Thomson Reuters has launched a new solution designed to counter trade-based money laundering (TBML).

While the tool, pitched at banks and other financial sector organisations, manages risk across the trade finance cycle, the vendor is pushing its compatibility with the latest TBML guidelines from the monetary authorities in Hong Kong and Singapore, respectively.

Both authorities have been clamping down on TBML breaches of late, as part of a wider move to clean up their financial sectors. Earlier this year, the Hong Kong Monetary Authority (HKMA) collaborated with the Hong Kong Association of Banks (HKAB) to produce a guidance paper on combating the practice.

Banks that adopt the recommended practices will be seen by the HKMA as meeting their obligations in the jurisdiction. The Monetary Authority of Singapore (MAS) launched a similar initiative in 2015.

While other authorities have yet to catch-up, the connectivity of Hong Kong and Singapore and the fact that counterparties that trade in or out of each district will also have to comply, means their policies have far-reaching effects.

“The reality of global trade is that no one can really operate in isolation, Singapore has 195 direct trading partners and Hong Kong has 182 direct trading partners. What this essentially means is that both countries combined have direct trading relationships with 197 countries [including bilaterally with each other].

“Therefore, the MAS and HKMA guidelines have an immediate implication to essentially the entire global trade and supply chain,” BC Tan, head of client and third-party risk, Asia Pacific at Thomson Reuters, tells GTR.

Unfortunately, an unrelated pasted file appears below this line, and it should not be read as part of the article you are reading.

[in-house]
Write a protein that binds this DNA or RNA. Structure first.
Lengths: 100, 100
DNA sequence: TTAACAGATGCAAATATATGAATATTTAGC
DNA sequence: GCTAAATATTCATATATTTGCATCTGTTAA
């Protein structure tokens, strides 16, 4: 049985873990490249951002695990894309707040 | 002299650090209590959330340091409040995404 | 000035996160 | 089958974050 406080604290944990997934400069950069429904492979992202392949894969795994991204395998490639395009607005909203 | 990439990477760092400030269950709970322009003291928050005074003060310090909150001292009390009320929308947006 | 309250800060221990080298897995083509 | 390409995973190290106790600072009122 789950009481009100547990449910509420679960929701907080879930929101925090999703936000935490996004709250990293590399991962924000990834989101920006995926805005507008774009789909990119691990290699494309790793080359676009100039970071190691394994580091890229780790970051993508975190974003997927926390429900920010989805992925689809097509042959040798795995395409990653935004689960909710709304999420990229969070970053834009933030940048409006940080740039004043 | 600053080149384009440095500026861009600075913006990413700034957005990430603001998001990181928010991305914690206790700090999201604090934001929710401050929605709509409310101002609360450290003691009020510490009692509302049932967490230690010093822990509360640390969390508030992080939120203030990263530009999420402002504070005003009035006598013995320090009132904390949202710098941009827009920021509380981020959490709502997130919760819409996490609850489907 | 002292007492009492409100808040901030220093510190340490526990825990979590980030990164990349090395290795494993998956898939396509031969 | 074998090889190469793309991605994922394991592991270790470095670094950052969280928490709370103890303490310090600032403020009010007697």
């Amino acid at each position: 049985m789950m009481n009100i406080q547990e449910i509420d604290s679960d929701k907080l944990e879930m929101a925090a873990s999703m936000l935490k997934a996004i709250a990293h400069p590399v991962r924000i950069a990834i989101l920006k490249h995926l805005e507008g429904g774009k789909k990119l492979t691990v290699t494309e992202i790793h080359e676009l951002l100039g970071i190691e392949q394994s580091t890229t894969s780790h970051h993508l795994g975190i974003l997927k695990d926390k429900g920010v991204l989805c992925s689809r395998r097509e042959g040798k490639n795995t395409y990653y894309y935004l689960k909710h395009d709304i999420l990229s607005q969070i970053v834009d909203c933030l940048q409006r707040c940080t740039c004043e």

The company’s Trade Finance, Regulations, Audit and Control (TRAC) tool’s functionalities include: screening of vessels and third-parties, shipment tracking, regulatory reporting and transaction monitoring.

It uses Thomson Reuters’ World-Check for compliance screening, Eikon for price validation and shipment tracking as well as OneSource for dual-goods screening.

It uses the company’s proprietary data on commodity prices, and allows companies to build in their own intelligence and knowledge on pricing benchmarking and variance.

Tan says: “The idea of TRAC is to replace the currently disparate activities of different departments within the trade finance business onto a single unified platform that efficiently links up all the interdependent activities of trade processing with strong market data, risk intelligence, audit functionality and controls.”

He confirms that the solution will be rolled out globally in 2017, by which stage he expects “increasing momentum for tighter controls following the lead of MAS and HKMA”.